Here, perhaps, we have yet another downside of the misnamed Obama “Affordable Care Act.” Employers are terminating full-time employment and replacing the jobs with part-time employment in order to come in under the 50-person full time employment that makes employers responsible for fringe benefits such as health care.
Americans are already experiencing difficulties making ends meet, despite the alleged “recovery.” If yet another half million Americans have been forced onto part-time pay with consequent loss of health care and other benefits, consumer demand is further compressed, with the consequence, unless hidden by statistical trickery, of a 2nd quarter negative GDP and thus officially the reappearance of recession.
What will the government do if a recession cannot be hidden? If years of unprecedented money printing and Keynesian fiscal deficits have not brought recovery, what will bring recovery? How far down will US living standards fall for the 99% in order that the 1% can become ever more mega-rich while Washington wastes our diminishing substance exercising hegemony over the world?
Just as Washington lied to you about Saddam Hussein’s weapons of mass destruction, Assad’s use of chemical weapons, Russian invasion of Ukraine, Waco, and any number of false flag or nonexistent attacks such as Tonkin Gulf, Washington lies to you about jobs and economic recovery. Don’t believe the spin that you are unemployed because you are shiftless and prefer government handouts to work. The government does not want you to know that you are unemployed because the corporations offshored American jobs to foreigners and because economic policy only serves the oversized banks and the one percent.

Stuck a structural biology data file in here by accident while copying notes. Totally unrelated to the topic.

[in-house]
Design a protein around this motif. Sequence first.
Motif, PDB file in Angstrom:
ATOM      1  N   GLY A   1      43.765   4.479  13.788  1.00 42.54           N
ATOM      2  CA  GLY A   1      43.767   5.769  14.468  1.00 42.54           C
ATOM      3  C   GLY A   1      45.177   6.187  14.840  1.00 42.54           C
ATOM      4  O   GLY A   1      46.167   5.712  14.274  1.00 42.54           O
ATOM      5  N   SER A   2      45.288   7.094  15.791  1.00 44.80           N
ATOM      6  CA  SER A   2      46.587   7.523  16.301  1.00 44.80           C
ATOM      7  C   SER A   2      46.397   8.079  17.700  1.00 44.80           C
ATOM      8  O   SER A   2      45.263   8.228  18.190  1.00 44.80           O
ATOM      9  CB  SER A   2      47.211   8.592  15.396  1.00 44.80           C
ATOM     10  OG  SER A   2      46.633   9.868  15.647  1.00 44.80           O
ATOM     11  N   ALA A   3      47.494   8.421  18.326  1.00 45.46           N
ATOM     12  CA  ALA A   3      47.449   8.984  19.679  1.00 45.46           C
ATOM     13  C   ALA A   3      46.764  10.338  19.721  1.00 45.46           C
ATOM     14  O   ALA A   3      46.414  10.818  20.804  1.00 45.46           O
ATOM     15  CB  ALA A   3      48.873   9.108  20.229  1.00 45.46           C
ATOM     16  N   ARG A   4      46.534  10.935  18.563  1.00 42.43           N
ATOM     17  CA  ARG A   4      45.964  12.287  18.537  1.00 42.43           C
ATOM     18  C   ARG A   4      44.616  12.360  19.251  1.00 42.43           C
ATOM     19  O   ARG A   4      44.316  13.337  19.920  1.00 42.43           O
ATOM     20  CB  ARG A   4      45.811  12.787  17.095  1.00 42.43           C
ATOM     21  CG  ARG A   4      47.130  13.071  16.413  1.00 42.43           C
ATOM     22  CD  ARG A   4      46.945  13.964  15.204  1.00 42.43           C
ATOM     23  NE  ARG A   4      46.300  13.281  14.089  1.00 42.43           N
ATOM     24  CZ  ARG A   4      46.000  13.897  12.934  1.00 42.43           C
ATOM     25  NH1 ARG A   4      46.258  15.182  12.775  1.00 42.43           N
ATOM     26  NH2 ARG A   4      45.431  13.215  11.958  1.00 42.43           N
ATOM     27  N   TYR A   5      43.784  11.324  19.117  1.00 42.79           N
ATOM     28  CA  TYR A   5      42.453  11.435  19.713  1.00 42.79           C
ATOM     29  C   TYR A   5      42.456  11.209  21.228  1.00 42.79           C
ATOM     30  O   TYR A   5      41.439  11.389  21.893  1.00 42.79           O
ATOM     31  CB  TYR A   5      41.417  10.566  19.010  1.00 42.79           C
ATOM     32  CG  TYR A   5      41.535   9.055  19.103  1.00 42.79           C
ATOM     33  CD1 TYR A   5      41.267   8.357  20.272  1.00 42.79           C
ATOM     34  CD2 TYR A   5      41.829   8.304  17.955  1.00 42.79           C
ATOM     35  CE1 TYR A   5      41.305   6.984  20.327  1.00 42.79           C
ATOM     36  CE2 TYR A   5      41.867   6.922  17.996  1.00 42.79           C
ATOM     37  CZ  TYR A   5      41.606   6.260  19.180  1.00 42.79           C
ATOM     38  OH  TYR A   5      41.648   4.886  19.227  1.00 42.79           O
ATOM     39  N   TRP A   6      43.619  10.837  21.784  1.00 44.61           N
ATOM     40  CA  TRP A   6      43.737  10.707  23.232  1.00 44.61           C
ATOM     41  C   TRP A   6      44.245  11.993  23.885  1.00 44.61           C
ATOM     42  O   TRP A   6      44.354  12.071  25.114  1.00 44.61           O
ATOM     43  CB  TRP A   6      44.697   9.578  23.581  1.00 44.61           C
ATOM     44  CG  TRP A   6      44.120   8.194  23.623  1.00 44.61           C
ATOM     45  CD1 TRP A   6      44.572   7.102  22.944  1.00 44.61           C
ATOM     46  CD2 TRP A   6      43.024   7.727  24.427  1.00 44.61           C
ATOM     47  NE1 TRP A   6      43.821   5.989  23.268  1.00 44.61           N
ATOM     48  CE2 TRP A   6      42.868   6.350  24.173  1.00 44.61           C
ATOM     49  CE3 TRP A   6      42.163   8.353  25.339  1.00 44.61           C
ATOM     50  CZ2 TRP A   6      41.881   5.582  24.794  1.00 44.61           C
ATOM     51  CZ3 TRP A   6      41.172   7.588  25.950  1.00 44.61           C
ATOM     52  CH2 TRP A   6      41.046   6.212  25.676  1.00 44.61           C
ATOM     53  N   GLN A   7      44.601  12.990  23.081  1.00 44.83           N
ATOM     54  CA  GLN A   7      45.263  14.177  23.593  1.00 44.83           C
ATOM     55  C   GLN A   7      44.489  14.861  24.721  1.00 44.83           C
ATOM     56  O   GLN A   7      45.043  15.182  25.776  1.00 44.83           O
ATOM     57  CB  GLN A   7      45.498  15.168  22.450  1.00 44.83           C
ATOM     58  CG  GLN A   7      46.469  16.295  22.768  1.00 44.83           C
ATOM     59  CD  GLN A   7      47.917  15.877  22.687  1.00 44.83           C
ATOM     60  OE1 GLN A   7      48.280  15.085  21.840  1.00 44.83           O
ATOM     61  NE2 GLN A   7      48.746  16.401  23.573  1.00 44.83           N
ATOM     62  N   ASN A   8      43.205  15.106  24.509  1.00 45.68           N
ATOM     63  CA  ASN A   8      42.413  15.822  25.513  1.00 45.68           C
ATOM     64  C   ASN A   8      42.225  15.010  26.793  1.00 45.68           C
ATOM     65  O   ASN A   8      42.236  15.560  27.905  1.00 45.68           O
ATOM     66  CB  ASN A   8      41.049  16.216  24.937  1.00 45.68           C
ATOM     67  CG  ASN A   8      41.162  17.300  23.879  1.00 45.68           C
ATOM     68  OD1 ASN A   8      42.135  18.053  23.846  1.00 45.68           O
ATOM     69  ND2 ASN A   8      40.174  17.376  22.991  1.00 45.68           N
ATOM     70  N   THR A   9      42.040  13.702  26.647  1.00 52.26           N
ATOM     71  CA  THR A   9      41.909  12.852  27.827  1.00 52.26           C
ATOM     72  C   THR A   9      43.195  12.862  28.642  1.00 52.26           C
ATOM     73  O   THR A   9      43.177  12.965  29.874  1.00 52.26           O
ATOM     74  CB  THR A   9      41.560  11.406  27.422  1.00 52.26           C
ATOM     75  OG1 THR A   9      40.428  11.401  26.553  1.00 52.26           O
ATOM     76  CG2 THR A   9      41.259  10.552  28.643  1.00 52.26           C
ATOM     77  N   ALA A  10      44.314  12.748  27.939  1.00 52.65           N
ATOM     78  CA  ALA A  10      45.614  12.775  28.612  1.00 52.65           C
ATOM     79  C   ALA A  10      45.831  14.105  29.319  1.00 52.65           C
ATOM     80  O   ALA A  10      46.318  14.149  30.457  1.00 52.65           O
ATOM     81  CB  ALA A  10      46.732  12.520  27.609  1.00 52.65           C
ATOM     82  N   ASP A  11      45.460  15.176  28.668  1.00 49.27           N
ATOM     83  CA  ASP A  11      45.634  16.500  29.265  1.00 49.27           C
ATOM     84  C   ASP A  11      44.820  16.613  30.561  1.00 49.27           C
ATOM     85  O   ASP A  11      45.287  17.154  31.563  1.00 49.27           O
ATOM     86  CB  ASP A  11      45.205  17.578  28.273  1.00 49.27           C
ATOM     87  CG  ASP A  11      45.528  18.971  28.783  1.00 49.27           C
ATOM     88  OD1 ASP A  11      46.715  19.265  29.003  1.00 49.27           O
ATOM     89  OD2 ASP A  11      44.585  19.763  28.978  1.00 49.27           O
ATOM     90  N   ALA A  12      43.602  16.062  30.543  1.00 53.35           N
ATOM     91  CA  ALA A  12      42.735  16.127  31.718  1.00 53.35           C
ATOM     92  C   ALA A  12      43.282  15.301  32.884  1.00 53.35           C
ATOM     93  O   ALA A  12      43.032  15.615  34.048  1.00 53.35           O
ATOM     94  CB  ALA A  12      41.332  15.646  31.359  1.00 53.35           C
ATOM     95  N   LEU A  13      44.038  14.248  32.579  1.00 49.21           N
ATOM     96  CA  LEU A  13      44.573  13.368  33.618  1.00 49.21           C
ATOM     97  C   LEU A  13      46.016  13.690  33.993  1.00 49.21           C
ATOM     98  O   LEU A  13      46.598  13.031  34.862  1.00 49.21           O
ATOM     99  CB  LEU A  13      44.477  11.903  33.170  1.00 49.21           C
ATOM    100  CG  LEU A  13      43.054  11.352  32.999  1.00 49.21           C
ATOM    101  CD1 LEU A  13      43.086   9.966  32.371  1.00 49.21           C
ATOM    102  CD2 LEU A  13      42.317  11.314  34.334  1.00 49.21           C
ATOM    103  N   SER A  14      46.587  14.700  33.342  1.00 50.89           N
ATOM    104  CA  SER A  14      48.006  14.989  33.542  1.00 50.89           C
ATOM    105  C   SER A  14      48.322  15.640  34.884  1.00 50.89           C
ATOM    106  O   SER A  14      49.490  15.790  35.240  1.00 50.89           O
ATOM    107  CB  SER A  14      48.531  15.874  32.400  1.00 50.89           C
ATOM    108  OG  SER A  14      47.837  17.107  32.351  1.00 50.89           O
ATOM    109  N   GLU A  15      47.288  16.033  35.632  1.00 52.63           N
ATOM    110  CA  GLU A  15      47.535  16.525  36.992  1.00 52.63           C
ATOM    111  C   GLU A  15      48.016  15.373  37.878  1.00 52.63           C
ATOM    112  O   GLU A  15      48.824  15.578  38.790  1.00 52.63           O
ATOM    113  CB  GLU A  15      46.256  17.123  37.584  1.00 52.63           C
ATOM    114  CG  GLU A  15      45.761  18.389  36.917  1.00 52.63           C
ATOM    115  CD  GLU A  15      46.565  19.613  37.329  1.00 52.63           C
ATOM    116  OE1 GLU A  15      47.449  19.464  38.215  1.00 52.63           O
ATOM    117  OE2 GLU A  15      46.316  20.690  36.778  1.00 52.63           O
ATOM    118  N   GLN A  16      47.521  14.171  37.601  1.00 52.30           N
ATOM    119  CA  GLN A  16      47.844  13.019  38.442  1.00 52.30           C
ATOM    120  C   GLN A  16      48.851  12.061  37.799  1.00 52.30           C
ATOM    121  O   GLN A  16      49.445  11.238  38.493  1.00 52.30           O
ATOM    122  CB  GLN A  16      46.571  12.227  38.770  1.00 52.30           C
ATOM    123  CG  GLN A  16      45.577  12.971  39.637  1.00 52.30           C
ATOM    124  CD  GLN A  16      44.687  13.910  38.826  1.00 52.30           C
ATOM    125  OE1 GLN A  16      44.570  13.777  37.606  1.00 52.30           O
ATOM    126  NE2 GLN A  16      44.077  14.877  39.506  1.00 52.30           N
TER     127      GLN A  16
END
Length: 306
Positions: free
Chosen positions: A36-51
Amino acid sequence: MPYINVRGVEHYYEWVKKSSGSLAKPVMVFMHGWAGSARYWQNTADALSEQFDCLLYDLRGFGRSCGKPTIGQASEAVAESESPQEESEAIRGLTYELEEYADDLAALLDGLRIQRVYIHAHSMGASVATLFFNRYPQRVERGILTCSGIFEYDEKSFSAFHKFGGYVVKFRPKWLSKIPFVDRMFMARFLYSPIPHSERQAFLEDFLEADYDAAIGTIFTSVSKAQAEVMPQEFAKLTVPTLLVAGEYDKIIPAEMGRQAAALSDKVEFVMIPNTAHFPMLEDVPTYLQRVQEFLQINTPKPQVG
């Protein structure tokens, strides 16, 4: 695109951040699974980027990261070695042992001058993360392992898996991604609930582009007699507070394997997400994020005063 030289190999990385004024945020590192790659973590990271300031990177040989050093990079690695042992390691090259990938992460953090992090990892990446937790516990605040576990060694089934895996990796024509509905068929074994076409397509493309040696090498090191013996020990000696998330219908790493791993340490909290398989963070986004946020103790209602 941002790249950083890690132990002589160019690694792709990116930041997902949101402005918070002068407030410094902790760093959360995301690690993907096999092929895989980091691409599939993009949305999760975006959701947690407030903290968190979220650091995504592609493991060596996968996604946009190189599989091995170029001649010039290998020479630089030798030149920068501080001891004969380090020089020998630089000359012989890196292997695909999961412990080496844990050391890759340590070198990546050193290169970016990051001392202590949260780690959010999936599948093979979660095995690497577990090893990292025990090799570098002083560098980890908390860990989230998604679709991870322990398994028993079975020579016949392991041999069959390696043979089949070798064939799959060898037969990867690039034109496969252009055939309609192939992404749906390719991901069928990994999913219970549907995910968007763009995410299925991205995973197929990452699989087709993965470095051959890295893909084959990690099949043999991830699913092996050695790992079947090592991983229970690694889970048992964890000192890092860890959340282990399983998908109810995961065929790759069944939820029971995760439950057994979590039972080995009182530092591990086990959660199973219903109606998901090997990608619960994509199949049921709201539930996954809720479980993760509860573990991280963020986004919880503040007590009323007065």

Just as the jobs and inflation numbers are rigged and the financial markets are rigged, the corrupt Obama regime is now planning to rig US manufacturing and trade statistics in order to bury all evidence of offshoring’s adverse impact on our economy.
The federal governments Economic Classification Policy Committee has come up with a proposal to redefine fact as fantasy in order to hide offshoring’s contribution to the US trade deficit, artificially inflate the number of US manufacturing jobs, and redefine foreign-made manufactured products as US manufactured products. For example, Apple iPhones made in China and sold in Europe would be reported as a US export of manufactured goods. Read Ben Beachy’s important report on this blatant statistical fraud in CounterPunch’s July 4th weekend edition: http://www.counterpunch.org/2014/07/04/we-didnt-offshore-manufacturing/
China will not agree that the Apple brand name means that the phones are not Chinese production. If the Obama regime succeeds with this fraud, the iPhones would be counted twice, once by China and once by the US, and the double-counting would exaggerate world GDP.
For years I have exposed the absurd claim that offshoring is merely the operation of free trade, and I have exposed the incompetent studies by such as Michael Porter at Harvard and Matthew Slaughter at Dartmouth that claimed to prove that the US was benefitting from offshoring its manufacturing. My book published in 2012 in Germany and in 2013 in the US, The Failure of Laissez Faire Capitalism and Economic Dissolution of the West, proves that offshoring has dismantled the ladders of upward mobility that made the US an opportunity society and is responsible for the decline in US economic growth. The lost jobs and decline in the middle class has contributed to the rise in income inequality, the destruction of tax base for cities and states, and loss of population in America’s once great manufacturing centers.
For the most part economists have turned a blind eye. Economists serve the globalists. It pays them well.